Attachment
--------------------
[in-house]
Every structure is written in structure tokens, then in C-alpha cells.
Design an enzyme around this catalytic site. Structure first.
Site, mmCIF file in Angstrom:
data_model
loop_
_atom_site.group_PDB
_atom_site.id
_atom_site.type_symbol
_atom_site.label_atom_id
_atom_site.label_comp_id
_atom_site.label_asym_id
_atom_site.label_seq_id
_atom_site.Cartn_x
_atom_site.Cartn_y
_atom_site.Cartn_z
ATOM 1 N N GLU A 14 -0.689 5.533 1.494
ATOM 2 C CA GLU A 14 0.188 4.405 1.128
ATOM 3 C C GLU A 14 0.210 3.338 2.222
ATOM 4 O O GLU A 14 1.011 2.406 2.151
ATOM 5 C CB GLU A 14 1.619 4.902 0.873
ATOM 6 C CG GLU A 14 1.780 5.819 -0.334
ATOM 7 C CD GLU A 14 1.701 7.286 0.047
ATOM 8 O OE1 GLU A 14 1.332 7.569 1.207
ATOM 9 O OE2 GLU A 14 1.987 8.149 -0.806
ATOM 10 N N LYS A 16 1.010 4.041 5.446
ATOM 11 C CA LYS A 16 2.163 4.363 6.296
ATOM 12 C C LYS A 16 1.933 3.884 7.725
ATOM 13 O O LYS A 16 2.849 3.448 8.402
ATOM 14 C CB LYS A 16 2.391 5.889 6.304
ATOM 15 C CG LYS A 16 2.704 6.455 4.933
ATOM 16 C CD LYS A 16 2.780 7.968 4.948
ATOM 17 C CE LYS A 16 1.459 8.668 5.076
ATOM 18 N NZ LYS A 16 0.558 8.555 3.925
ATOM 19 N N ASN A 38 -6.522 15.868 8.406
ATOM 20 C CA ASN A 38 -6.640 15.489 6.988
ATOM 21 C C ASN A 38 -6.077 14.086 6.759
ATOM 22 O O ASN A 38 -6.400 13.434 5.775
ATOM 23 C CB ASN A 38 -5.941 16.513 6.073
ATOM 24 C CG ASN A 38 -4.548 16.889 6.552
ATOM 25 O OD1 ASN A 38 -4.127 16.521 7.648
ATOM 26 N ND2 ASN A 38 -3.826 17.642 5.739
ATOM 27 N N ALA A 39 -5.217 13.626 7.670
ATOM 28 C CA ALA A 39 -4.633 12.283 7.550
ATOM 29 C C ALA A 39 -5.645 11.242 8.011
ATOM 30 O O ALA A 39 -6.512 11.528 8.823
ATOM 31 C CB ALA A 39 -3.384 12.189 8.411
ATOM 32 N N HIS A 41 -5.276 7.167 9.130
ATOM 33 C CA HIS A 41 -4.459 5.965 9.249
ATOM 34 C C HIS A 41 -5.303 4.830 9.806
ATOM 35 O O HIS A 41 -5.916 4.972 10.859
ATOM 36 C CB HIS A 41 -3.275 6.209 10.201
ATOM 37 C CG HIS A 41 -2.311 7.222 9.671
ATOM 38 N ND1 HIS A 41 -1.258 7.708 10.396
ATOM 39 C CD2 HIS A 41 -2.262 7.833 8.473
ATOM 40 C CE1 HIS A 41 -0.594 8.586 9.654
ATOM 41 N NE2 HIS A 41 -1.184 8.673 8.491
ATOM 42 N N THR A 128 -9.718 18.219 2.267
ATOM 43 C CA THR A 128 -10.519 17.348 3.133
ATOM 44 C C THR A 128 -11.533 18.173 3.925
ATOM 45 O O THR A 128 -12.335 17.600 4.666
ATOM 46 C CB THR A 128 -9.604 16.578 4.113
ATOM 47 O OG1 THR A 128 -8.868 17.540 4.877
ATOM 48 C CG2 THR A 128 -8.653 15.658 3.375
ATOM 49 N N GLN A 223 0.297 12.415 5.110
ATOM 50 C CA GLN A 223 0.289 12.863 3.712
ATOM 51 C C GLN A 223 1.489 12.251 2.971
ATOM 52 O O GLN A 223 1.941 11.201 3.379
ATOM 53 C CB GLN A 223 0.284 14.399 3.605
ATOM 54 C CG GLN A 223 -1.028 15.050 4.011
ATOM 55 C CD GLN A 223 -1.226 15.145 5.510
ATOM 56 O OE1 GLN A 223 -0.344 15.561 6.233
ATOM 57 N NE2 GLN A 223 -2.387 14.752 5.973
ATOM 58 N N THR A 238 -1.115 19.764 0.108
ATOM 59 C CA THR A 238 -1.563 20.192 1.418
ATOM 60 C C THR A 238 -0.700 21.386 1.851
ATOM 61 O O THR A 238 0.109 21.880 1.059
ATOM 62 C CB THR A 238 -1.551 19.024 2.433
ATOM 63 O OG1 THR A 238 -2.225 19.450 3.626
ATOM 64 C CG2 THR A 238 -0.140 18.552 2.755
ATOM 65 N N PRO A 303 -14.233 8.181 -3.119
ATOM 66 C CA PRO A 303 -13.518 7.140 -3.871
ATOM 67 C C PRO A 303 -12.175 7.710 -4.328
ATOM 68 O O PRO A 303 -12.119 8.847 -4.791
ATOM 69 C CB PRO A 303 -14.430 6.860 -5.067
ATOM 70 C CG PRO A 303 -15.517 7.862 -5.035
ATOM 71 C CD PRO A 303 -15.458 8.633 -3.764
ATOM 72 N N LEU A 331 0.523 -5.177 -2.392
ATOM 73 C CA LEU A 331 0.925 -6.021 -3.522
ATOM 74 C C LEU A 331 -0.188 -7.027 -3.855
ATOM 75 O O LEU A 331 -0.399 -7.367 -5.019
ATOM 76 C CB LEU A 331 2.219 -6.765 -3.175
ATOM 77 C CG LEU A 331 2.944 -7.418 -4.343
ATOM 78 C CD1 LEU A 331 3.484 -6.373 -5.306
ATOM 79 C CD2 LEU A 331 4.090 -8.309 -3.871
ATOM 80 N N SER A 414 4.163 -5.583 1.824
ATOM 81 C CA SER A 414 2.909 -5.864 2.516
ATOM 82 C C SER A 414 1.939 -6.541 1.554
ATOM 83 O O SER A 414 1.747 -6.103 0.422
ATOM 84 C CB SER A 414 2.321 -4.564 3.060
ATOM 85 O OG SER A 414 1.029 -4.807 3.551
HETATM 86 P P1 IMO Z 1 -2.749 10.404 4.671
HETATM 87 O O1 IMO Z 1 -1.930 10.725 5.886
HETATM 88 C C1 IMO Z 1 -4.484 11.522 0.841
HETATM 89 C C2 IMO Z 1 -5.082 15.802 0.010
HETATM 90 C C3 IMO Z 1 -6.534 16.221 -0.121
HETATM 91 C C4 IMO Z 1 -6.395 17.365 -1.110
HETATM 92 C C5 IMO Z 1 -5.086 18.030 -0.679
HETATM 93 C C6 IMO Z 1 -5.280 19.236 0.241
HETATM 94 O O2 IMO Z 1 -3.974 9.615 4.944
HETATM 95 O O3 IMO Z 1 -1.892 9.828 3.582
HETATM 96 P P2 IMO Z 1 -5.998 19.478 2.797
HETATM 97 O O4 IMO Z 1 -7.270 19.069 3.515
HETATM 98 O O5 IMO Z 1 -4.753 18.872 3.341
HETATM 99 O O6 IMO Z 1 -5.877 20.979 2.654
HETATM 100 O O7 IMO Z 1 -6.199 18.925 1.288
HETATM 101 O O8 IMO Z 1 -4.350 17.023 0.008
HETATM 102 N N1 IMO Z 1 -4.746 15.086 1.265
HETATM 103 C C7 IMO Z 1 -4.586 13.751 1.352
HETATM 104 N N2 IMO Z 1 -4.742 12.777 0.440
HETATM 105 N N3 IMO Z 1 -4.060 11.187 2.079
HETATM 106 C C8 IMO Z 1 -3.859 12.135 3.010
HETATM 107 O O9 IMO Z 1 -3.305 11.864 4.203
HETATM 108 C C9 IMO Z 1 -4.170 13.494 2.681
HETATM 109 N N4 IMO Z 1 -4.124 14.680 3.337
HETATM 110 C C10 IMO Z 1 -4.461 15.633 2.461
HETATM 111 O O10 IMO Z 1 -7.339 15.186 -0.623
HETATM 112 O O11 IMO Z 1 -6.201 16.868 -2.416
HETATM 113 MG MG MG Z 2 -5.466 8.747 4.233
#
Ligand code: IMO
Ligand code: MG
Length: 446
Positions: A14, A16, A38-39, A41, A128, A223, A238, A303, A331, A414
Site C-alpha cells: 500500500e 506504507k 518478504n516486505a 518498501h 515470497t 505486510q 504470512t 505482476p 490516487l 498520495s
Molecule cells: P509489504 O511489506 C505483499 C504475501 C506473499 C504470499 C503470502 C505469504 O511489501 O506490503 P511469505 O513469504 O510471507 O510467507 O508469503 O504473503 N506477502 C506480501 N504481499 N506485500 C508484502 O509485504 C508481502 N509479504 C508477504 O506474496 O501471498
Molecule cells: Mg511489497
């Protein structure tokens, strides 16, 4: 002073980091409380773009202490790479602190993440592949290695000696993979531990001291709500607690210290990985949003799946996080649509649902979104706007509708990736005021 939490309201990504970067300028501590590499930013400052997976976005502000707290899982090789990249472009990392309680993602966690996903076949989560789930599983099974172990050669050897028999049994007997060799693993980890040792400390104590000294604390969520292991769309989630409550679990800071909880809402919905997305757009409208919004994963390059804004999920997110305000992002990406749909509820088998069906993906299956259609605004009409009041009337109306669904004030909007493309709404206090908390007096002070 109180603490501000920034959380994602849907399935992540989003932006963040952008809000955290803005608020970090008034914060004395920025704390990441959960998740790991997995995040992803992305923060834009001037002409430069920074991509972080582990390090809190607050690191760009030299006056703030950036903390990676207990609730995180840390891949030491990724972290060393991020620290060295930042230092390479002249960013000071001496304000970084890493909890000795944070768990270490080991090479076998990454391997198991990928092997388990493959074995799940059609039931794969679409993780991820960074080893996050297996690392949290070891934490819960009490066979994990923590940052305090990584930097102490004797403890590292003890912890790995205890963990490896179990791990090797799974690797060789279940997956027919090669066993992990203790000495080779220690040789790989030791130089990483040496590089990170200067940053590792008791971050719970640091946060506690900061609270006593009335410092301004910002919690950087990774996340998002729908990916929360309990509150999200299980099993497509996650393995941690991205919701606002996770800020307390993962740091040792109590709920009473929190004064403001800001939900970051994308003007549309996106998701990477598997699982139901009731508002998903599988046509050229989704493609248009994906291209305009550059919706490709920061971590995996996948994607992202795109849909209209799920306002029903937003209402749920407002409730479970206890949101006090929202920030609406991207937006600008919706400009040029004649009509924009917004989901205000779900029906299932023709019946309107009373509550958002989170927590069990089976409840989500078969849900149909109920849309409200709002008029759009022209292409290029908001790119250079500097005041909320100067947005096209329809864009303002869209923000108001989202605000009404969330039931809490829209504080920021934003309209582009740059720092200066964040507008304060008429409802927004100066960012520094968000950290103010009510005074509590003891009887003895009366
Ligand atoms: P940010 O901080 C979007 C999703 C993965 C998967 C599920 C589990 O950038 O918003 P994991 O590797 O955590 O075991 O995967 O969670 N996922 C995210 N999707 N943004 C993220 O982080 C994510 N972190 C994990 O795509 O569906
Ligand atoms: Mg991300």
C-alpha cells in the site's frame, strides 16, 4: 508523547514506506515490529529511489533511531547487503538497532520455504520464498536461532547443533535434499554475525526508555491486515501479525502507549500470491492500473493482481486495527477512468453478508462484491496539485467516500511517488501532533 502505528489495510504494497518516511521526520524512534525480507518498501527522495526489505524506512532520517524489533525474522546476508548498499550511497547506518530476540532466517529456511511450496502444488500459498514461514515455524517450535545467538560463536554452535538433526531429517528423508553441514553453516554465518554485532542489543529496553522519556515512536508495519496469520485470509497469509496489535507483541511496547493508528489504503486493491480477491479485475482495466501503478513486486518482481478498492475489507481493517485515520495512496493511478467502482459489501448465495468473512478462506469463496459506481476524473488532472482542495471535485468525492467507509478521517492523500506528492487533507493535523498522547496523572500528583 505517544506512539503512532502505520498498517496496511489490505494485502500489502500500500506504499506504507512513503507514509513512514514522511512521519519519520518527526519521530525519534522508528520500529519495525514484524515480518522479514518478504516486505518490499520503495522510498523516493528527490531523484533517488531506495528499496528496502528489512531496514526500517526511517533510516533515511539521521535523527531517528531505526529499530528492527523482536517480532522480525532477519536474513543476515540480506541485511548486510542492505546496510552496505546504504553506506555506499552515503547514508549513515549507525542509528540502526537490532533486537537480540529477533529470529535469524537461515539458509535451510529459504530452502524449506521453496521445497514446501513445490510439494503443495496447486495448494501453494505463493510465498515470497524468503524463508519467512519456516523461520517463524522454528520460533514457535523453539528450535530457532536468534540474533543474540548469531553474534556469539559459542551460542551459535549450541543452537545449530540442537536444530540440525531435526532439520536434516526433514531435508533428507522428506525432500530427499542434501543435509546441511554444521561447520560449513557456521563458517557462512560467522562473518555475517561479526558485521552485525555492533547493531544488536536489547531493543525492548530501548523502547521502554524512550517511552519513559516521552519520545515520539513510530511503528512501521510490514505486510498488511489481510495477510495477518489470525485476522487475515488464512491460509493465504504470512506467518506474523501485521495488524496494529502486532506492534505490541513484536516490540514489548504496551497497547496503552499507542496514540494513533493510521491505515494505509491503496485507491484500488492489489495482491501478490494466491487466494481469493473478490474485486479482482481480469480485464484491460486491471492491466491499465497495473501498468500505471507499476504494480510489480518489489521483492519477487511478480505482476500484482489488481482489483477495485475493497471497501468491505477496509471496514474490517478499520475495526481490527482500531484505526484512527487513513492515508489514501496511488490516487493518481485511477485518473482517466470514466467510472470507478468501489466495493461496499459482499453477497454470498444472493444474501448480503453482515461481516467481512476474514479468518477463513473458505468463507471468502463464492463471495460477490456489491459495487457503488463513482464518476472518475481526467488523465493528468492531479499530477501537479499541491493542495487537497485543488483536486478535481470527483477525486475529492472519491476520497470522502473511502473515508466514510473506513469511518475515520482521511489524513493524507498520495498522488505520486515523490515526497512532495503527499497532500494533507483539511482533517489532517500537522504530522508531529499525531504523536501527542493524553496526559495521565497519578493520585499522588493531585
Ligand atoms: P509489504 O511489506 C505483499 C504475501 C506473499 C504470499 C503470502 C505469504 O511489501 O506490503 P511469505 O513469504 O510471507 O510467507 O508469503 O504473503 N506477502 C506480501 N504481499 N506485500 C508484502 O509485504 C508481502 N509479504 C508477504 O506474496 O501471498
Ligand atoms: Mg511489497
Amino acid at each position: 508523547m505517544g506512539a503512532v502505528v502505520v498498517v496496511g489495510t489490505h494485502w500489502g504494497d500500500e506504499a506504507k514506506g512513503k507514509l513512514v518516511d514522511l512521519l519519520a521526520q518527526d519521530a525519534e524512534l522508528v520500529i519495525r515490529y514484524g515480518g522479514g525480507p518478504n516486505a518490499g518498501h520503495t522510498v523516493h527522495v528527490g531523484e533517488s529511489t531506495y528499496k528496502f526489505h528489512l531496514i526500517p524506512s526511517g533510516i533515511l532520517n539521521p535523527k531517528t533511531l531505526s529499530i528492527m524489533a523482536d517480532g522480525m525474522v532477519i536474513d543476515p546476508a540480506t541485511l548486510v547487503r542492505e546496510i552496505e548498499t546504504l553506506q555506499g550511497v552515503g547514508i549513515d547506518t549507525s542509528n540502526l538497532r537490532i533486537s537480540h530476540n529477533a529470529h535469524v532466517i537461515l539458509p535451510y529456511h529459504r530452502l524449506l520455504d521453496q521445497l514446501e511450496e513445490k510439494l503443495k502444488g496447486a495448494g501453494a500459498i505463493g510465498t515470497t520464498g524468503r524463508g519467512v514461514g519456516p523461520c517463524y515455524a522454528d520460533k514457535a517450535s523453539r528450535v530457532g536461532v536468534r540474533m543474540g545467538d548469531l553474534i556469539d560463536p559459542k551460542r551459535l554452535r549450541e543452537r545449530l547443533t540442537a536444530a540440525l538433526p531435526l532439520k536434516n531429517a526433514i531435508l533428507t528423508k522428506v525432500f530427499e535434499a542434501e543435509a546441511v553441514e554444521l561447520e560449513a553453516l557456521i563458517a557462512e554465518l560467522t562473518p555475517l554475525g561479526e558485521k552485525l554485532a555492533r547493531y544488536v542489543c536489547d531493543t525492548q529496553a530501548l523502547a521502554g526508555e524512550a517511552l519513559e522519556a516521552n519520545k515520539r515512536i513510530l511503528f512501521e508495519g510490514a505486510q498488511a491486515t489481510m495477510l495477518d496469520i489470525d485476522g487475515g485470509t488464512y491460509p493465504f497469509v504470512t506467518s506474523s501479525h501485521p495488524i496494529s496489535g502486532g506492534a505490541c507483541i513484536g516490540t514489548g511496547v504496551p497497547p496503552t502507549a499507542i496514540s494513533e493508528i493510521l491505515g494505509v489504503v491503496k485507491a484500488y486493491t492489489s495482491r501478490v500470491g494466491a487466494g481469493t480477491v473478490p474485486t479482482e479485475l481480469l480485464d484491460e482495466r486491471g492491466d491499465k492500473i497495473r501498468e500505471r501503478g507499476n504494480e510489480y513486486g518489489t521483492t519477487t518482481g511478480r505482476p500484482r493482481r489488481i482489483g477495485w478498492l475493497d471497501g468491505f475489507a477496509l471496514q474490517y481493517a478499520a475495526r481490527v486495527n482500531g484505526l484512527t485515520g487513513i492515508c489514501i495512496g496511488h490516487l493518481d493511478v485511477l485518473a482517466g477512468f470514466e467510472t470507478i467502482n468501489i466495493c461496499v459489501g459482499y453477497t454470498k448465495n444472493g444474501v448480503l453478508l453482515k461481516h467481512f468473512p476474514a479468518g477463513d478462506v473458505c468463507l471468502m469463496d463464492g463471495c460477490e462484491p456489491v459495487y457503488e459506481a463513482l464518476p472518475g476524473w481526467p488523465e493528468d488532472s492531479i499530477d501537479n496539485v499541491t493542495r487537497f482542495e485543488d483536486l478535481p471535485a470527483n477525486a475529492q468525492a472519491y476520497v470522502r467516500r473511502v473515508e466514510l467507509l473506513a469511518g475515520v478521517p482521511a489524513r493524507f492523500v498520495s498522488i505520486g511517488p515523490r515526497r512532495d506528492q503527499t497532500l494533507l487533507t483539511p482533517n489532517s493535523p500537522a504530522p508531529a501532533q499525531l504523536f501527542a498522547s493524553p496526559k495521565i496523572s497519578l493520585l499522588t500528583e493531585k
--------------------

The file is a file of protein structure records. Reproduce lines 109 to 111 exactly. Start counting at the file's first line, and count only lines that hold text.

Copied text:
HETATM 93 C C6 IMO Z 1 -5.280 19.236 0.241
HETATM 94 O O2 IMO Z 1 -3.974 9.615 4.944
HETATM 95 O O3 IMO Z 1 -1.892 9.828 3.582